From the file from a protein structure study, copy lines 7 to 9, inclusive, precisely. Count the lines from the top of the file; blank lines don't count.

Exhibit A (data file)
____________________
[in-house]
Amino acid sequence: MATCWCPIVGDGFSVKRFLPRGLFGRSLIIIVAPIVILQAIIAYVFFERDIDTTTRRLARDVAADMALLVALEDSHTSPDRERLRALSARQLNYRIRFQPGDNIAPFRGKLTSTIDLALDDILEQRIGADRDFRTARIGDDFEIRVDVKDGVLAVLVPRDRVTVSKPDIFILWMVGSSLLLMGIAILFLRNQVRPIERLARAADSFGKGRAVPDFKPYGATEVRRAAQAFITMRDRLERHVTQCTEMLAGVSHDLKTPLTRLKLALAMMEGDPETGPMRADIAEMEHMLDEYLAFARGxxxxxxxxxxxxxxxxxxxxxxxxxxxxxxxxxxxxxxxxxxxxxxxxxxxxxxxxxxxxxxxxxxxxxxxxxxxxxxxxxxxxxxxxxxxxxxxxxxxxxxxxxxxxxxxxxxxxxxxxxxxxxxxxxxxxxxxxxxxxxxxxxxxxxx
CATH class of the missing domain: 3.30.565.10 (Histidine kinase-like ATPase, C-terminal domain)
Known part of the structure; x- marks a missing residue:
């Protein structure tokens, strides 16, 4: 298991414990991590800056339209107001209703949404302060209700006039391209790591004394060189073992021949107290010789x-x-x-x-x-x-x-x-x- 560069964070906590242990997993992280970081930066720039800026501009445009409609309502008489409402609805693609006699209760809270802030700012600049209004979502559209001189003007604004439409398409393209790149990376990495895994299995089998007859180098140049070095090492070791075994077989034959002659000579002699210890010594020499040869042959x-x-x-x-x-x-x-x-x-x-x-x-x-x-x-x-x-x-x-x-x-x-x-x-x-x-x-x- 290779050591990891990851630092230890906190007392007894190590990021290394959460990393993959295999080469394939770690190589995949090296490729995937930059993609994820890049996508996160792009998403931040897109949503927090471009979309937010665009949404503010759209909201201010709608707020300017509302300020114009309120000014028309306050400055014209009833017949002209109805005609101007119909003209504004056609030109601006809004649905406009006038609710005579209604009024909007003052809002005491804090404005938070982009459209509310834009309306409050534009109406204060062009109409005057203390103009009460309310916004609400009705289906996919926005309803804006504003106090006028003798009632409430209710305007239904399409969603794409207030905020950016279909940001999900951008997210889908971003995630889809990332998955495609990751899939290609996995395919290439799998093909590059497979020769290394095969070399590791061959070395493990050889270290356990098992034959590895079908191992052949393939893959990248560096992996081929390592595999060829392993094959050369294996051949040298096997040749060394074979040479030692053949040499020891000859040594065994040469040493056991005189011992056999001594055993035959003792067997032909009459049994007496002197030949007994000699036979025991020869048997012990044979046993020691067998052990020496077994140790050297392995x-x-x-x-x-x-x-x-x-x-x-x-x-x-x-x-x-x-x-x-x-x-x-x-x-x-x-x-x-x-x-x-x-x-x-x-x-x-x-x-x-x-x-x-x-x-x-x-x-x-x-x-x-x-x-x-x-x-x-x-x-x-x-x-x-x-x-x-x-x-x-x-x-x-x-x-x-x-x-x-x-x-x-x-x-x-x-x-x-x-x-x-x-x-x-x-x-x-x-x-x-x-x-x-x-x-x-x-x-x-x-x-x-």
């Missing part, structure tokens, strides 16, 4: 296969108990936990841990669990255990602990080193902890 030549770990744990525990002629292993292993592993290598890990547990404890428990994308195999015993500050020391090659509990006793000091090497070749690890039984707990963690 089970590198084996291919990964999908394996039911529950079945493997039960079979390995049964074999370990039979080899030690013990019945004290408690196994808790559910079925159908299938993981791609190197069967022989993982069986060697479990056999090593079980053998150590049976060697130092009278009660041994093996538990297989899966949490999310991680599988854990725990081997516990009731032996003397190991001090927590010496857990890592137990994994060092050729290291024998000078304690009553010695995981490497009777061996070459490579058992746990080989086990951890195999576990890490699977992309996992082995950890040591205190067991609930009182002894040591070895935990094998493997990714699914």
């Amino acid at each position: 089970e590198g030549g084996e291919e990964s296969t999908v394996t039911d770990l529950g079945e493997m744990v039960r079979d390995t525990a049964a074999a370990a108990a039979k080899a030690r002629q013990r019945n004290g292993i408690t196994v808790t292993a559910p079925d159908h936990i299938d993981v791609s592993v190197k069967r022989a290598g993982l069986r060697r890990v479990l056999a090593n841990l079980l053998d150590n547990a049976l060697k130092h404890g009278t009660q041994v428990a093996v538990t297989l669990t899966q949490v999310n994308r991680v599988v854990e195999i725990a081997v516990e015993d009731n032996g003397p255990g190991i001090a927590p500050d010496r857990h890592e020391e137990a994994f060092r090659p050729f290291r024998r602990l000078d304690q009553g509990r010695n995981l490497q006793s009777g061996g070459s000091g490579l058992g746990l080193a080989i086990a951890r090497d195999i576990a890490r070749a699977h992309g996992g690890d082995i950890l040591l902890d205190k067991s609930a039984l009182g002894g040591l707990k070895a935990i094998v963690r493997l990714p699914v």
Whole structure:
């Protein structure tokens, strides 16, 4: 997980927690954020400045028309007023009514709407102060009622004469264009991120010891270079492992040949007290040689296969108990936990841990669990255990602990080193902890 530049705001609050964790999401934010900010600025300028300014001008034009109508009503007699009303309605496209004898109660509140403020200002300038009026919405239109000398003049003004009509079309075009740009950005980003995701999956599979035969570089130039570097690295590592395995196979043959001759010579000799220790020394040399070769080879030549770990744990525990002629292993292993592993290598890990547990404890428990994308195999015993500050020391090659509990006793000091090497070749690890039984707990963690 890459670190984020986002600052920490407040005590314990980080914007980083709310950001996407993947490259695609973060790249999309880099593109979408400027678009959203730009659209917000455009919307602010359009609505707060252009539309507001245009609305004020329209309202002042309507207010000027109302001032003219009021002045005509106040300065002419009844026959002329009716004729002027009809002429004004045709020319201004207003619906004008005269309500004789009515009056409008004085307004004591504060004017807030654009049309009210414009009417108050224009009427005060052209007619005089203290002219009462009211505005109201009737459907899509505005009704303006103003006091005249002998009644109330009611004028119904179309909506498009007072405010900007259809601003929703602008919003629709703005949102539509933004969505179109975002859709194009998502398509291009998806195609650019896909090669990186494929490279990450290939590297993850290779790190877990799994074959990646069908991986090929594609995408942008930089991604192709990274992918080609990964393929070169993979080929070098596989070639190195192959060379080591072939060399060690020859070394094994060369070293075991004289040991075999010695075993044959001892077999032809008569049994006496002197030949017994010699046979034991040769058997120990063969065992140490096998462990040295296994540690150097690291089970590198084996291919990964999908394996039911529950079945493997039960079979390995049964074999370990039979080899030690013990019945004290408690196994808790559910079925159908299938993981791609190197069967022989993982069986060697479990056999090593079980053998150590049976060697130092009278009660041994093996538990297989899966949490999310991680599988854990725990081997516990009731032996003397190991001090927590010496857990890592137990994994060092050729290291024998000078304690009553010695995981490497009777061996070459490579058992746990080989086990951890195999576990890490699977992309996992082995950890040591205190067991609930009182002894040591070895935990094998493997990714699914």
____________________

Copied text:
């Amino acid at each position: 089970e590198g030549g084996e291919e990964s296969t999908v394996t039911d770990l529950g079945e493997m744990v039960r079979d390995t525990a049964a074999a370990a108990a039979k080899a030690r002629q013990r019945n004290g292993i408690t196994v808790t292993a559910p079925d159908h936990i299938d993981v791609s592993v190197k069967r022989a290598g993982l069986r060697r890990v479990l056999a090593n841990l079980l053998d150590n547990a049976l060697k130092h404890g009278t009660q041994v428990a093996v538990t297989l669990t899966q949490v999310n994308r991680v599988v854990e195999i725990a081997v516990e015993d009731n032996g003397p255990g190991i001090a927590p500050d010496r857990h890592e020391e137990a994994f060092r090659p050729f290291r024998r602990l000078d304690q009553g509990r010695n995981l490497q006793s009777g061996g070459s000091g490579l058992g746990l080193a080989i086990a951890r090497d195999i576990a890490r070749a699977h992309g996992g690890d082995i950890l040591l902890d205190k067991s609930a039984l009182g002894g040591l707990k070895a935990i094998v963690r493997l990714p699914v």
Whole structure:
């Protein structure tokens, strides 16, 4: 997980927690954020400045028309007023009514709407102060009622004469264009991120010891270079492992040949007290040689296969108990936990841990669990255990602990080193902890 530049705001609050964790999401934010900010600025300028300014001008034009109508009503007699009303309605496209004898109660509140403020200002300038009026919405239109000398003049003004009509079309075009740009950005980003995701999956599979035969570089130039570097690295590592395995196979043959001759010579000799220790020394040399070769080879030549770990744990525990002629292993292993592993290598890990547990404890428990994308195999015993500050020391090659509990006793000091090497070749690890039984707990963690 890459670190984020986002600052920490407040005590314990980080914007980083709310950001996407993947490259695609973060790249999309880099593109979408400027678009959203730009659209917000455009919307602010359009609505707060252009539309507001245009609305004020329209309202002042309507207010000027109302001032003219009021002045005509106040300065002419009844026959002329009716004729002027009809002429004004045709020319201004207003619906004008005269309500004789009515009056409008004085307004004591504060004017807030654009049309009210414009009417108050224009009427005060052209007619005089203290002219009462009211505005109201009737459907899509505005009704303006103003006091005249002998009644109330009611004028119904179309909506498009007072405010900007259809601003929703602008919003629709703005949102539509933004969505179109975002859709194009998502398509291009998806195609650019896909090669990186494929490279990450290939590297993850290779790190877990799994074959990646069908991986090929594609995408942008930089991604192709990274992918080609990964393929070169993979080929070098596989070639190195192959060379080591072939060399060690020859070394094994060369070293075991004289040991075999010695075993044959001892077999032809008569049994006496002197030949017994010699046979034991040769058997120990063969065992140490096998462990040295296994540690150097690291089970590198084996291919990964999908394996039911529950079945493997039960079979390995049964074999370990039979080899030690013990019945004290408690196994808790559910079925159908299938993981791609190197069967022989993982069986060697479990056999090593079980053998150590049976060697130092009278009660041994093996538990297989899966949490999310991680599988854990725990081997516990009731032996003397190991001090927590010496857990890592137990994994060092050729290291024998000078304690009553010695995981490497009777061996070459490579058992746990080989086990951890195999576990890490699977992309996992082995950890040591205190067991609930009182002894040591070895935990094998493997990714699914």